The people at Sonos have made it clear that they want their hardware to be compatible with as many different platforms as possible, and they may be adding another one to their list. CNET reports that Sonos and Roku are in discussions to integrate Roku's new entertainment software with Sonos's speakers. This is just a rumor, but it would make sense. Roku introduced its voice-controlled home theater software, Roku Entertainment System, earlier this year. Along with Roku Connect, it's a way for users to operate their home theater systems wirelessly through voice control.
Waymo has officially published guidelines cops and first responders can follow in case an autonomous car is involved in an accident. Without a human driver controlling the wheel, after all, there's nobody to ask license or information from. More importantly, authorities need to know how to safely pry open or deactivate self-driving vehicles if their passengers are unconscious and need help. The Alphabet-owned company submitted the guidelines to the California DMV back in May, and now you can read (PDF) the whole thing online. Waymo opened its instructions with a toll-free, 24-hour hotline number.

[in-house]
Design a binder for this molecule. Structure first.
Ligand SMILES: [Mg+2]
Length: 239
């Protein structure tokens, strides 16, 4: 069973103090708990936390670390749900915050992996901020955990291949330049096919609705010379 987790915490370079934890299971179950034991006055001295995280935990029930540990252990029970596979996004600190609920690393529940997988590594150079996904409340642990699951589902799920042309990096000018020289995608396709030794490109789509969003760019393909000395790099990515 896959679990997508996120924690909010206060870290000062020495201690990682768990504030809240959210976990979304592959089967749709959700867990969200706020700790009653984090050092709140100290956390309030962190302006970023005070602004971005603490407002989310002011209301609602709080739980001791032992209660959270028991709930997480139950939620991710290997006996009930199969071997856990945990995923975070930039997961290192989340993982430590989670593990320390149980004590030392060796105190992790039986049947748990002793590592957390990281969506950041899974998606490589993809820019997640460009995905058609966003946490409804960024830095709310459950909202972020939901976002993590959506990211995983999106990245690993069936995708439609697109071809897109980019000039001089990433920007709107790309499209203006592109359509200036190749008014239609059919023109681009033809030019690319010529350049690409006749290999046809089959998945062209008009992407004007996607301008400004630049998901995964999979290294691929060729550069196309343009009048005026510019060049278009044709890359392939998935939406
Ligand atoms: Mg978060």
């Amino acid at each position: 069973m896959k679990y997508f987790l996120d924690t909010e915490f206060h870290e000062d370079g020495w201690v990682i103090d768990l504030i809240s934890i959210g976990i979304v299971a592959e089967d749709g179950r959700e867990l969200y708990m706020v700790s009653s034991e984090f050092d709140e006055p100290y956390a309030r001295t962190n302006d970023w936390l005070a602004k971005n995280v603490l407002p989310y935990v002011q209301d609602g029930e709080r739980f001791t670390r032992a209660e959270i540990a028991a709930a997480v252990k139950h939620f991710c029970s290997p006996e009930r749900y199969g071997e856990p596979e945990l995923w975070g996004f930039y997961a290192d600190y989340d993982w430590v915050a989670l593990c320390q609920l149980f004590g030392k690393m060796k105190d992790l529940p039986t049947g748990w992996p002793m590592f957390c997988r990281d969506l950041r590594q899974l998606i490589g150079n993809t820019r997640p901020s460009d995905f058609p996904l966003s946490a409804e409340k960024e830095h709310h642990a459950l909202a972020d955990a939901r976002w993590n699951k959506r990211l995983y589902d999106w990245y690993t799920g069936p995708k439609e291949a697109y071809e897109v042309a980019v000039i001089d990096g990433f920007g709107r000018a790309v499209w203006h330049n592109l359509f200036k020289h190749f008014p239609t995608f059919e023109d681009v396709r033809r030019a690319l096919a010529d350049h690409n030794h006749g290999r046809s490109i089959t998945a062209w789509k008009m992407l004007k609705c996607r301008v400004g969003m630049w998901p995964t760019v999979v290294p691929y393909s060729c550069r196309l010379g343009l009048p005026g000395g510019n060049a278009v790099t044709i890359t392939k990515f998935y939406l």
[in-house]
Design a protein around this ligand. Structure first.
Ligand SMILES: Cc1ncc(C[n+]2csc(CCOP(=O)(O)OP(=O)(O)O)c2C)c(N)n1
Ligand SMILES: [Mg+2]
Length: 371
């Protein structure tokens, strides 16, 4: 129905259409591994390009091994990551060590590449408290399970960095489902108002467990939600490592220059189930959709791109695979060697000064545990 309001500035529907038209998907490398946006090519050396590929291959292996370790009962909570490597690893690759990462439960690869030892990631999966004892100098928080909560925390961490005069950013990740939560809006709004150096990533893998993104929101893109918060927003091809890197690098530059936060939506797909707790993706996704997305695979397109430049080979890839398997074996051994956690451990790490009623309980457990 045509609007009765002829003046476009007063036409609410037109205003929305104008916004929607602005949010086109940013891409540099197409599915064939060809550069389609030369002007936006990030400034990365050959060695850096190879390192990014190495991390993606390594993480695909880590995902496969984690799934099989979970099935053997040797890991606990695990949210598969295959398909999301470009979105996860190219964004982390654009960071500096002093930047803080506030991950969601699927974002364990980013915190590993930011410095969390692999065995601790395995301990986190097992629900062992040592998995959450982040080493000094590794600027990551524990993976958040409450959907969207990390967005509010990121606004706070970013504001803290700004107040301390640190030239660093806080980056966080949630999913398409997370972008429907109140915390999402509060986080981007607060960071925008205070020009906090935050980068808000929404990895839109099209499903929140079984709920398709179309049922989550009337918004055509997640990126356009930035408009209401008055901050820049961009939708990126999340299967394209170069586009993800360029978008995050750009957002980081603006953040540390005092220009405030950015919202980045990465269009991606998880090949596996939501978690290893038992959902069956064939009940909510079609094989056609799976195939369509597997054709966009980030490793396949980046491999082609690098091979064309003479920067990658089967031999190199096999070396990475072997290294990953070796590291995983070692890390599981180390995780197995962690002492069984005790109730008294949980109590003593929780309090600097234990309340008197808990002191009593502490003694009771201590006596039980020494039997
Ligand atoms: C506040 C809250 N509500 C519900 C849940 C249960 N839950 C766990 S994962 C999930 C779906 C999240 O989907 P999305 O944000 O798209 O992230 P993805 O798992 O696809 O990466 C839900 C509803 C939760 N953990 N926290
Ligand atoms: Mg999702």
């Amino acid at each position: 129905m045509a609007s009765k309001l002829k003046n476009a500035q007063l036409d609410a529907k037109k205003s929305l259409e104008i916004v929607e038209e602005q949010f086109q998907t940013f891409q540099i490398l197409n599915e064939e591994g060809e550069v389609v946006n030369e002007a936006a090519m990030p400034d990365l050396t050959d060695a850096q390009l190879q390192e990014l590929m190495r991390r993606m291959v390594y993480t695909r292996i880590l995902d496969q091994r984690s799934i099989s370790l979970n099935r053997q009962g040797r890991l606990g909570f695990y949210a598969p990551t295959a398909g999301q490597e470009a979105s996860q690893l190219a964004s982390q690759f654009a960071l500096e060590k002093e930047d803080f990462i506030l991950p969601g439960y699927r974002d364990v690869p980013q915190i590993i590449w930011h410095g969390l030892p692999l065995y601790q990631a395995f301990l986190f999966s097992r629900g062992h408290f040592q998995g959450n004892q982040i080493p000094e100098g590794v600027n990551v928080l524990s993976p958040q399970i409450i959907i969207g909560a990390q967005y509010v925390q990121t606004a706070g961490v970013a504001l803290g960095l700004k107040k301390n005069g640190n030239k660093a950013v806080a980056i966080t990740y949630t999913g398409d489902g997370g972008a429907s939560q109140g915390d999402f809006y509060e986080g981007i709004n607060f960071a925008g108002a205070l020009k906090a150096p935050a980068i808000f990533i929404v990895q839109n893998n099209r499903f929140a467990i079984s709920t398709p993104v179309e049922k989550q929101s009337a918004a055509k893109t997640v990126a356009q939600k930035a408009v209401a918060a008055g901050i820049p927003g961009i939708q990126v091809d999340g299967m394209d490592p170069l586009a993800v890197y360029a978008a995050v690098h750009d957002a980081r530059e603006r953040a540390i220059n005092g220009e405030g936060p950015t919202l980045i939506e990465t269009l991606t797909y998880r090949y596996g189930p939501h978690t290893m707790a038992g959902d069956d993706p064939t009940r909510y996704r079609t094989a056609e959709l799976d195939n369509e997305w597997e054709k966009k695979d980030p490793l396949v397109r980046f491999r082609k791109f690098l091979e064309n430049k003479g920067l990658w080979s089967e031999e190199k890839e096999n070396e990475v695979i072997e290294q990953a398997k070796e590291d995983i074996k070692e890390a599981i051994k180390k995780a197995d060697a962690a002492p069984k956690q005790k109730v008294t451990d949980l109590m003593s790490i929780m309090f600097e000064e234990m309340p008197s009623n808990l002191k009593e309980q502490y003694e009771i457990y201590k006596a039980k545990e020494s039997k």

More than two weeks after Facebook revealed a massive data breach, we still don't know who was using the flaw in its site to access information on tens of millions of users. Now the Wall Street Journal reports, based on anonymous sources, that the company believes spammers perpetrated the hack in an attempt to make money via deceptive advertising. Facebook eventually said that about 30 million people actually had their login tokens stolen (you can see if your account was among them by checking this page), and said that the attackers took account details and contact information. Still, the paper said "internal researchers" believe the people behind it are existing Facebook and Instagram spammers who claim to run a "digital marketing company." The lines between misinformation spread by nation-state sponsored trolls, shady analytics companies and spammers chasing trendy topics to make a buck have become increasingly blurred in recent years, so it's difficult to know if this adds up or if we'll ever know who exactly stole the information and where it ended up.